Today, I came across an article in The New York Times that really made me sit up. Its about apparel, but it contains some very important information for the toy industry. The article by Nick Wingfield, "Amid Brick-and-Mortar Travails, a Tipping Point for Amazon in Apparel" contains this startling statistic:
If there are tipping points in retail — moments when shopping behavior swings decisively in one direction — there’s a strong case to be made that apparel is reaching one now, with broad implications for jobs, malls and shopping districts…Those moments often occur around the time that online shopping reaches about 20 percent of total national retail spending in a category…Online clothing and accessory shopping’s share of retail hit 21 percent last year…
E-commerce toy sales now constitute 25% of all toys sold. The toy industry is well past the tipping point that apparel has just reached. That means that there are bigger challenges ahead for bricks and mortar retailers that are in the business of selling toys and games.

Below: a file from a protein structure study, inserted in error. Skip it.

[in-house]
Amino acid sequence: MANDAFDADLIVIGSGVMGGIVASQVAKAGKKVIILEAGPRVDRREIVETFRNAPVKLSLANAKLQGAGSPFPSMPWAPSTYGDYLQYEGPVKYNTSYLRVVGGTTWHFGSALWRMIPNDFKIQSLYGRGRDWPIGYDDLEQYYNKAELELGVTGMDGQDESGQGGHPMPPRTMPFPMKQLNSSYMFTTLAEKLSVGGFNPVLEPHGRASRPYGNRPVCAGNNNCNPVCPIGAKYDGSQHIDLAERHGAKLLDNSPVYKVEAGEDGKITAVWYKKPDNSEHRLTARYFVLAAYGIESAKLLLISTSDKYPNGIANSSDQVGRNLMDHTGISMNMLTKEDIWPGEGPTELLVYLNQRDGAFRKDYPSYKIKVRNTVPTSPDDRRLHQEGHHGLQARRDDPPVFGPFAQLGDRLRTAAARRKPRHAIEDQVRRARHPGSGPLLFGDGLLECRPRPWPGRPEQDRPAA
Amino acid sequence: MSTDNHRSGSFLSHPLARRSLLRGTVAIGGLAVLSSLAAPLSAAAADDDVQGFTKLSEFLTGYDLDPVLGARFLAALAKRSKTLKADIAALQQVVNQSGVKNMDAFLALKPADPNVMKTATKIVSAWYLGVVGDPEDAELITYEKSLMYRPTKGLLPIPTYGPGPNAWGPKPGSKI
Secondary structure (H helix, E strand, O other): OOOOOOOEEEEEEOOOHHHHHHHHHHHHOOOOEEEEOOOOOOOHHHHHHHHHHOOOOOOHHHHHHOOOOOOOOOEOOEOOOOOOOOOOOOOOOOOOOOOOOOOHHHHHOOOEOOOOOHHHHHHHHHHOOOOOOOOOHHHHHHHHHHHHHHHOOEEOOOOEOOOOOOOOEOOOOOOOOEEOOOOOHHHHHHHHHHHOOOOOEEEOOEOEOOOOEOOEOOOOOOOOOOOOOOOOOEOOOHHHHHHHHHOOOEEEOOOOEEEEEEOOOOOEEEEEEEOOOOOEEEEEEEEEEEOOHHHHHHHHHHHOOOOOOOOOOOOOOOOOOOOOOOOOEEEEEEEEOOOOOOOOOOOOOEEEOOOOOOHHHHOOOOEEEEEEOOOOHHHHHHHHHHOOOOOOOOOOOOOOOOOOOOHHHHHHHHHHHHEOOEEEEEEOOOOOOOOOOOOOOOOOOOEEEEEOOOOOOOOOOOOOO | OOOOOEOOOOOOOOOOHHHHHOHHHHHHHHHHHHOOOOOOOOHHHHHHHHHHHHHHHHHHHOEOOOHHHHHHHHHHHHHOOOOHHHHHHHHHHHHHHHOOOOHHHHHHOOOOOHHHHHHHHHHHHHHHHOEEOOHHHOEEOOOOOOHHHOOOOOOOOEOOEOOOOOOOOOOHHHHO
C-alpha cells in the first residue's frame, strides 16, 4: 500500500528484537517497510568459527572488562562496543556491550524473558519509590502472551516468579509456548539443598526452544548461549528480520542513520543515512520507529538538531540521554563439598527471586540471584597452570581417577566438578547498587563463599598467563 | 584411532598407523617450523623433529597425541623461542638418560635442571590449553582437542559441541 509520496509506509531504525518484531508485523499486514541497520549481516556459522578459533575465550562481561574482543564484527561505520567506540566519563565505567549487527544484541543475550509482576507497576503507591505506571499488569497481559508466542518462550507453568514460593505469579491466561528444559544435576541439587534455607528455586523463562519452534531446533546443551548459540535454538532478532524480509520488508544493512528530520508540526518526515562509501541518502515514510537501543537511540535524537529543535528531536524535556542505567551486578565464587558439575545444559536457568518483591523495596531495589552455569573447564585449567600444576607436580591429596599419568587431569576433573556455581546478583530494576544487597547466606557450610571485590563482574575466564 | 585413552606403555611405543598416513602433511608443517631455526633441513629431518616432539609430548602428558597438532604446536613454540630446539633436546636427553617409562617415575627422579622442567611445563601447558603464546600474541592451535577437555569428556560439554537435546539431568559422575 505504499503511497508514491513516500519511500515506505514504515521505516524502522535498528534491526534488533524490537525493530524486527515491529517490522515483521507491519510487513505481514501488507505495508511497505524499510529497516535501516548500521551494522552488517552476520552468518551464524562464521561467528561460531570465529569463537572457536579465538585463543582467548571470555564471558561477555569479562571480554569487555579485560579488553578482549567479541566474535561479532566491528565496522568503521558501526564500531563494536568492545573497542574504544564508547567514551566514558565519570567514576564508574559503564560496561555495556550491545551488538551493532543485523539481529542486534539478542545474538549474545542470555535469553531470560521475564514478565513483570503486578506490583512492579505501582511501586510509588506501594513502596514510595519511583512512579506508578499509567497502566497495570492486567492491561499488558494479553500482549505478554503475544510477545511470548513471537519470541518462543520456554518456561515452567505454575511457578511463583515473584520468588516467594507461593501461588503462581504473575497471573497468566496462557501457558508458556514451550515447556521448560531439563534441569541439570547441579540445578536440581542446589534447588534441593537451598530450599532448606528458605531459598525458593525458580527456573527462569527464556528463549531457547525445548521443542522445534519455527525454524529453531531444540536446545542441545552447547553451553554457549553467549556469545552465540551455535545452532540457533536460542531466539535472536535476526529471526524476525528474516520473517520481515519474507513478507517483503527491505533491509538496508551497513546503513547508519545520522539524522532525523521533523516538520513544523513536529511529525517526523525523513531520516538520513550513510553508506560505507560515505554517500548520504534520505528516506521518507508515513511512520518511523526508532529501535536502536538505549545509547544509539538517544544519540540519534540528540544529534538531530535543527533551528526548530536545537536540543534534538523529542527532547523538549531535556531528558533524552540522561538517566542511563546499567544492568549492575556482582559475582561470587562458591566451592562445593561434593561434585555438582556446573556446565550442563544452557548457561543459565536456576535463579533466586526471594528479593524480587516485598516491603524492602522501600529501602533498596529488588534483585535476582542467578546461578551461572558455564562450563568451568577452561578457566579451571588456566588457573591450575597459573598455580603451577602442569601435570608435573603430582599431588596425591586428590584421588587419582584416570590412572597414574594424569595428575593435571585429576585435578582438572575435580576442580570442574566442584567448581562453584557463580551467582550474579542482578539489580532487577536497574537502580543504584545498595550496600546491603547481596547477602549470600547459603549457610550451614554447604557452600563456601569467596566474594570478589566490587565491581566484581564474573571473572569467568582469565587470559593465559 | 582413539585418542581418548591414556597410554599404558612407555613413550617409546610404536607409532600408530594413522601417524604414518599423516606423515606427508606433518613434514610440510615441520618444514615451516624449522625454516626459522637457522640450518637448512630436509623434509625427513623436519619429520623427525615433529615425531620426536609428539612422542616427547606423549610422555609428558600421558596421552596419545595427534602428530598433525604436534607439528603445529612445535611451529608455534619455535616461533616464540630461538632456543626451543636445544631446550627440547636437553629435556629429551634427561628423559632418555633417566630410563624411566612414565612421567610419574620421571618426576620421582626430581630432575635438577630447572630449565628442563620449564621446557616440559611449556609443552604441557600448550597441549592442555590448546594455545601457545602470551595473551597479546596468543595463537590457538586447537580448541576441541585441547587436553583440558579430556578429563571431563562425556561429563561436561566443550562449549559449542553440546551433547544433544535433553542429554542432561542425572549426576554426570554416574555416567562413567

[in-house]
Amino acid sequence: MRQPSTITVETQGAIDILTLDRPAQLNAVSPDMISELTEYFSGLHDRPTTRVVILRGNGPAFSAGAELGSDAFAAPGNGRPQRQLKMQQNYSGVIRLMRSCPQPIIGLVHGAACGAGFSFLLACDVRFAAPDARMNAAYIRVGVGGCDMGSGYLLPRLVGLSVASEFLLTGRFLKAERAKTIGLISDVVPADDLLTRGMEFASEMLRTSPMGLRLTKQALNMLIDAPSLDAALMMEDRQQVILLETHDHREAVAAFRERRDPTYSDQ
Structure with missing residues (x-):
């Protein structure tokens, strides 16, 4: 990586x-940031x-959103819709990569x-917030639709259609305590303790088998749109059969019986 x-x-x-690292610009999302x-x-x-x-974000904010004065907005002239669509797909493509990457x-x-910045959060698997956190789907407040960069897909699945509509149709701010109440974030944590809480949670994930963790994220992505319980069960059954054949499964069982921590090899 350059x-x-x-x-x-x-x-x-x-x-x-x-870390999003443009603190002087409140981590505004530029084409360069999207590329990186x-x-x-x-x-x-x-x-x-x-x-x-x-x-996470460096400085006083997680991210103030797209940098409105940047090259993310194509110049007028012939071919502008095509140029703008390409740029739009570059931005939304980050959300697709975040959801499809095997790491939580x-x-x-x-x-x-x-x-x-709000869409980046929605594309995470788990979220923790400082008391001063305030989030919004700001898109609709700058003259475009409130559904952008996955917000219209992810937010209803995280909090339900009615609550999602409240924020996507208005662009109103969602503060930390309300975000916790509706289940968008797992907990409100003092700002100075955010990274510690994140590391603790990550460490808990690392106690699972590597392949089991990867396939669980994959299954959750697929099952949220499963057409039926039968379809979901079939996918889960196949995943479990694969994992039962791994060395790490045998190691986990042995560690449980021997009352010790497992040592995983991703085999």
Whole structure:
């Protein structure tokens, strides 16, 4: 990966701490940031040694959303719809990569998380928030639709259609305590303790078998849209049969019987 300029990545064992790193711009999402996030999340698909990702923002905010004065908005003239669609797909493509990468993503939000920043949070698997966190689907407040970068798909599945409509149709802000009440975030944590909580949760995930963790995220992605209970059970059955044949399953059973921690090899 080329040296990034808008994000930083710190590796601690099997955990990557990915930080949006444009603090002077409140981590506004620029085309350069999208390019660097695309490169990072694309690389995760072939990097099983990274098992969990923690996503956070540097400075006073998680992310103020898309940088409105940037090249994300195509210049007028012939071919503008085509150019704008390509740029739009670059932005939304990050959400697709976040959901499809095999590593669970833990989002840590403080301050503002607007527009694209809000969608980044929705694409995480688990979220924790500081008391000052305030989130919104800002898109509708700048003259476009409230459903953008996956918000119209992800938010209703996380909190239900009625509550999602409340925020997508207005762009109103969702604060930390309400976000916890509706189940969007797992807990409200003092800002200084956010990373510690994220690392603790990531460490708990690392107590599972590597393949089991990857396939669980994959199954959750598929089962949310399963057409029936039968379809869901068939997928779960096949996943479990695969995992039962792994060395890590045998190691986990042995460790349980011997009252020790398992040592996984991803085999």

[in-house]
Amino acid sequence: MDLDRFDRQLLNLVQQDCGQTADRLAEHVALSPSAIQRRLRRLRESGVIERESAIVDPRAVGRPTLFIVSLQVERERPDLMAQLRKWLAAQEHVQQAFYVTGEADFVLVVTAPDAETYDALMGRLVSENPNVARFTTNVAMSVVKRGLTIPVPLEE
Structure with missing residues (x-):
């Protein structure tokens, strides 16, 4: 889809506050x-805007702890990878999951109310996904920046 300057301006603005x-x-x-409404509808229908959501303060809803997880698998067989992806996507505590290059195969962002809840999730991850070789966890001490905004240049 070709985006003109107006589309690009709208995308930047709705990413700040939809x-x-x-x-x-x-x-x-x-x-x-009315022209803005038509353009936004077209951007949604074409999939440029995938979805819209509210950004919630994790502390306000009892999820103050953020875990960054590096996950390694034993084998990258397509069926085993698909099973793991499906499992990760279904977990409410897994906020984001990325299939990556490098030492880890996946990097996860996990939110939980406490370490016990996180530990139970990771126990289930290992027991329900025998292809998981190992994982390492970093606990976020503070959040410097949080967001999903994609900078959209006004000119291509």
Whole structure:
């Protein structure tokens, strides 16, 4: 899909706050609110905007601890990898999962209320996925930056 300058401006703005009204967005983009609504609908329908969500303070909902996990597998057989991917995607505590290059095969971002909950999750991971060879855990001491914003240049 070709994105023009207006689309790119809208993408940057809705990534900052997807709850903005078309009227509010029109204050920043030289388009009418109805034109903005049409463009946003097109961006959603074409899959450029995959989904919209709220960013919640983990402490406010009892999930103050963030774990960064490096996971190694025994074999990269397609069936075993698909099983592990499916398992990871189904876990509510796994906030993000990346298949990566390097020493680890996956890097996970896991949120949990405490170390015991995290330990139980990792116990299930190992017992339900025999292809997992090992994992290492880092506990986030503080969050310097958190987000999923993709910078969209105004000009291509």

Its interesting to compare Amazon's position in the toy industry vs. apparel. Amazon represents 8% of that 25% of e-commerce toy sales. Similarly, according to the article, Amazon represents 6.6% of the 21 percent of e-commerce apparel sales. What caught my attention, however, is that Amazon is forecasting that in five years its sales will represent 16% of all apparel sales. Is that 8% growth going to come out of rival e-commerce providers or from bricks and mortar?
Smart retailers are going to need to start planning now how to avoid Macy's fate in apparel. The retailer just closed 100 stores and were supplanted by Amazon as the number one seller of apparel. And Amazon has not even really gotten started yet.
If Amazon is projecting that kind of growth in apparel, why not in toys? And if they do decide to go after toys, out of whose hide is it going to come?